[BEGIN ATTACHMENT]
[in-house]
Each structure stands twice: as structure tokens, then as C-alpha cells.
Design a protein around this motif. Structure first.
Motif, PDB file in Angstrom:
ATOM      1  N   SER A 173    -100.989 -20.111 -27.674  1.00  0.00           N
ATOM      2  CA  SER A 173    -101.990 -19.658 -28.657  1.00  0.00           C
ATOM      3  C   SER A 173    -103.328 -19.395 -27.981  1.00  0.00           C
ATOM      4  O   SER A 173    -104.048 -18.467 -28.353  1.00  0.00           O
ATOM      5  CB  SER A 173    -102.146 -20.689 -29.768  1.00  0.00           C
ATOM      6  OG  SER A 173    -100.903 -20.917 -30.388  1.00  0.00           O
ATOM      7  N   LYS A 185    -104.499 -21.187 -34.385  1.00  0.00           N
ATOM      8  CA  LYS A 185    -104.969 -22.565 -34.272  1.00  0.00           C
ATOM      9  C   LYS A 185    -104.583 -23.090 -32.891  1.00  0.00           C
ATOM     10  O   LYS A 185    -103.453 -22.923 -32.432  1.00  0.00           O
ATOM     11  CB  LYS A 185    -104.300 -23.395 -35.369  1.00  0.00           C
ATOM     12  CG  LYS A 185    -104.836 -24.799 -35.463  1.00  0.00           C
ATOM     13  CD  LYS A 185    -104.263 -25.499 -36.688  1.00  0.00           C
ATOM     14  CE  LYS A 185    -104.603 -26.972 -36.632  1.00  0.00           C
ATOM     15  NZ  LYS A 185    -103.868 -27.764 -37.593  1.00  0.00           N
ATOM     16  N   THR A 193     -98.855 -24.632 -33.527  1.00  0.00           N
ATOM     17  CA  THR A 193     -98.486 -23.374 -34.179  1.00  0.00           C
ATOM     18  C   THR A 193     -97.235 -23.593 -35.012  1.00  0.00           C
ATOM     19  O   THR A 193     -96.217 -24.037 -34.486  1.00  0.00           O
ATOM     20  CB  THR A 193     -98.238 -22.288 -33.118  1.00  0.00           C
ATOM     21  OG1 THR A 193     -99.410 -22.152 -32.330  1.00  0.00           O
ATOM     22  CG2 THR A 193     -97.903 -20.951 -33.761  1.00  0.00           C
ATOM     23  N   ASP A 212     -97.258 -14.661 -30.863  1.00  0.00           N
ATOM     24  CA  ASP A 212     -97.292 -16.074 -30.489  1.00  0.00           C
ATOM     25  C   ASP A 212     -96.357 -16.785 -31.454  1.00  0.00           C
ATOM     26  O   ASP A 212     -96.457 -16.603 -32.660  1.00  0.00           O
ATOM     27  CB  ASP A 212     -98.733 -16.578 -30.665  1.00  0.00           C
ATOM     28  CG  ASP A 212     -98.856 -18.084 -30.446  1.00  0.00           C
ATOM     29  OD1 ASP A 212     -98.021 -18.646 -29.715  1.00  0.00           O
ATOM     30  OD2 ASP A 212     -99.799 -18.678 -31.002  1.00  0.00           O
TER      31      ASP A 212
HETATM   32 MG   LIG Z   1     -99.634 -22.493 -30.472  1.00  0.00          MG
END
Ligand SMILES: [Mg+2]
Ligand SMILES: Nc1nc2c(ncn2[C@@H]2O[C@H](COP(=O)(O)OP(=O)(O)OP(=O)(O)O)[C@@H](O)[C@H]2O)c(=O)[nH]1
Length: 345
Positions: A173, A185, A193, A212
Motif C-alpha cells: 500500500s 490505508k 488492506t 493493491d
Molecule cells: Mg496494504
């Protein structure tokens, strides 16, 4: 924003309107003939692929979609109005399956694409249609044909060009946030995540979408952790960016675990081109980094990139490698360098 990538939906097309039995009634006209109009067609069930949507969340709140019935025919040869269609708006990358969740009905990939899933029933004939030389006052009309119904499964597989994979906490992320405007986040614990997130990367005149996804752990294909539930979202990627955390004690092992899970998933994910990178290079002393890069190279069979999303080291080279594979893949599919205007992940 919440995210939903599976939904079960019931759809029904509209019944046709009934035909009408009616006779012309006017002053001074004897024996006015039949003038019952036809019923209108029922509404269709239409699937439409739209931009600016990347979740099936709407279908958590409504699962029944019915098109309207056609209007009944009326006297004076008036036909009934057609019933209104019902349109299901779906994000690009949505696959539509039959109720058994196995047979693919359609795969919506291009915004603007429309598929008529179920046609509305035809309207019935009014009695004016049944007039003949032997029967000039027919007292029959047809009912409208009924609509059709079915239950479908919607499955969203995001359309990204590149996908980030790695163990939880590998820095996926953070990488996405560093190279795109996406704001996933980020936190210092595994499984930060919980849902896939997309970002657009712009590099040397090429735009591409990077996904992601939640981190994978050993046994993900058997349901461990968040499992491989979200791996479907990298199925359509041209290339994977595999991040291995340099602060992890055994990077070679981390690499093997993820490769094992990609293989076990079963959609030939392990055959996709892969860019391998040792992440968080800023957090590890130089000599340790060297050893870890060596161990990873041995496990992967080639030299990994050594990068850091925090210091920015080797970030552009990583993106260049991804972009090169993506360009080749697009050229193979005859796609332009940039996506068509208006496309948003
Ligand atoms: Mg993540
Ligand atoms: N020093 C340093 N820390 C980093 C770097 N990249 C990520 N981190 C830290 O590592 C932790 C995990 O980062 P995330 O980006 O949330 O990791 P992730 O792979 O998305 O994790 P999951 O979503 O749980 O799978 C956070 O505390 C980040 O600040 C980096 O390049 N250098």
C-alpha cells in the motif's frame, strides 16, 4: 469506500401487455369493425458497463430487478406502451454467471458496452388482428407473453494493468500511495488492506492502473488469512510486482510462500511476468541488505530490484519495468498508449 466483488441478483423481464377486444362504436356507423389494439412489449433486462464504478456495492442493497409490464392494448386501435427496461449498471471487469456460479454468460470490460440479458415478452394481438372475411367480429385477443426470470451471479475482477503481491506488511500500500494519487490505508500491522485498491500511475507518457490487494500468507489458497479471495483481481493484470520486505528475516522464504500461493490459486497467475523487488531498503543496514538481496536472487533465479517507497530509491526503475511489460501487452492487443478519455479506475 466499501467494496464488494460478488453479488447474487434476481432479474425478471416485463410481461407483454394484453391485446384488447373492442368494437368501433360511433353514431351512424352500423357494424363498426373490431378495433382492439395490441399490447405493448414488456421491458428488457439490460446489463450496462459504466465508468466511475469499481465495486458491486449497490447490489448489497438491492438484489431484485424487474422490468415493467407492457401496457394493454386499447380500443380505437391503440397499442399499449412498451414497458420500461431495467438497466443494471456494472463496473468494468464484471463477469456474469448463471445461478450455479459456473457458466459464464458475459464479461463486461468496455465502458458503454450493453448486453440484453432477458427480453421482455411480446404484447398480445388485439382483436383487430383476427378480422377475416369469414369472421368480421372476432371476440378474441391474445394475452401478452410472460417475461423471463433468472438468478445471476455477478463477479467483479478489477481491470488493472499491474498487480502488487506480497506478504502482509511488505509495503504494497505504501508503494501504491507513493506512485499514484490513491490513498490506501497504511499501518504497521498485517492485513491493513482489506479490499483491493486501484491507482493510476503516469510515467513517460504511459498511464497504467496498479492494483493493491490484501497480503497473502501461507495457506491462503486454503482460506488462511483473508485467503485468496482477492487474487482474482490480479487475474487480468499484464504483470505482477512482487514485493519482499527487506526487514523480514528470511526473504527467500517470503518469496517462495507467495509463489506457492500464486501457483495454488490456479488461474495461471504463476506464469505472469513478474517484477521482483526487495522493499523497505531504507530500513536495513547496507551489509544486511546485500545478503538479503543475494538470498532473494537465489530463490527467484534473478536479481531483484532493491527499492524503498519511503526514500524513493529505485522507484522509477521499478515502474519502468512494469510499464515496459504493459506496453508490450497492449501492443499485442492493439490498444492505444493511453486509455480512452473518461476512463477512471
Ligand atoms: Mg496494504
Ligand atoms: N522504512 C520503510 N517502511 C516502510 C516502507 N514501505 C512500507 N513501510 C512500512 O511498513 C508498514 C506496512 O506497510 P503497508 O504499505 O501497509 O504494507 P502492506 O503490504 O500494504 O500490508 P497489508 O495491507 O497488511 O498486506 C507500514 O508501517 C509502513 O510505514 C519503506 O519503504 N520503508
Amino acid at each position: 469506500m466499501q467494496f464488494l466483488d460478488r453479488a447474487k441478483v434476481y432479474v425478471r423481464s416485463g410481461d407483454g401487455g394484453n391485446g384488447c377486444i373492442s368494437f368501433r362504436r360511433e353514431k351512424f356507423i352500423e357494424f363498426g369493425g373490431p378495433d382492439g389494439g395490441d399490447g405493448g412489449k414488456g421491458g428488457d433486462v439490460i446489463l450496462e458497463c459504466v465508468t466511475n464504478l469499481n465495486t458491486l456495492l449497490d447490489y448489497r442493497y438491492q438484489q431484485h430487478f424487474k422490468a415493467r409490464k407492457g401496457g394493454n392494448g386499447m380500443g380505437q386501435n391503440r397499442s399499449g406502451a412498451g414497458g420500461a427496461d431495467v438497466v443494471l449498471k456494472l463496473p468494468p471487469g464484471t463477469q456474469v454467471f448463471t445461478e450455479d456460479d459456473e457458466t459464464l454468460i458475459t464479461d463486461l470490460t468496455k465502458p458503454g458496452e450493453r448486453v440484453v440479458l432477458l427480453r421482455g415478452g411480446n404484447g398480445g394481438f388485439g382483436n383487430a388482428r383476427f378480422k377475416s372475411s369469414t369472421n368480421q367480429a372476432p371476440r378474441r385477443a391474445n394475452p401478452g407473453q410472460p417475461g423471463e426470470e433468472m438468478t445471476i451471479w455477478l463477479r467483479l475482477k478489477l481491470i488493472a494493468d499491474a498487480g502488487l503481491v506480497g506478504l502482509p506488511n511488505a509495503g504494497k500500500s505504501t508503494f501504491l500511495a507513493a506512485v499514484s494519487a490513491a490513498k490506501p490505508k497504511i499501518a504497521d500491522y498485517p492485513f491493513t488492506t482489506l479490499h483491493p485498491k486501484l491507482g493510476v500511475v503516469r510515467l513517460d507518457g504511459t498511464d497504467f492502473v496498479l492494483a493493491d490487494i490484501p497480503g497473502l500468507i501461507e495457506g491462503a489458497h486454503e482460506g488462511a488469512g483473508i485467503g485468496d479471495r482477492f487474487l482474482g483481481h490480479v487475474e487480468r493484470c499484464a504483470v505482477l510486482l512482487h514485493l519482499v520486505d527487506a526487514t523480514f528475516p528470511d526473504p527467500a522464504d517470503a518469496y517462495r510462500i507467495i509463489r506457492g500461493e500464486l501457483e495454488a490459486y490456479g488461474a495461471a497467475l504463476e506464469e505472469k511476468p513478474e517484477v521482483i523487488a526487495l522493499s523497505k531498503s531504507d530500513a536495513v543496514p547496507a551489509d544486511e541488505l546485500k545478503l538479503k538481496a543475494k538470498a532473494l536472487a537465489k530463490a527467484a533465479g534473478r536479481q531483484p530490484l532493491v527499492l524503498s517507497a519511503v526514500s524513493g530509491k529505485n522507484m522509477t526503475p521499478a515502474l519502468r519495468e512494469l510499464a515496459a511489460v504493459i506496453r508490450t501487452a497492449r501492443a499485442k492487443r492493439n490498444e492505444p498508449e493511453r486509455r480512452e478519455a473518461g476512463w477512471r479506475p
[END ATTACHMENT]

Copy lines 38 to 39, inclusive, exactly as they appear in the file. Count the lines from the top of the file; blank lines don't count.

Ligand SMILES: [Mg+2]
Ligand SMILES: Nc1nc2c(ncn2[C@@H]2O[C@H](COP(=O)(O)OP(=O)(O)OP(=O)(O)O)[C@@H](O)[C@H]2O)c(=O)[nH]1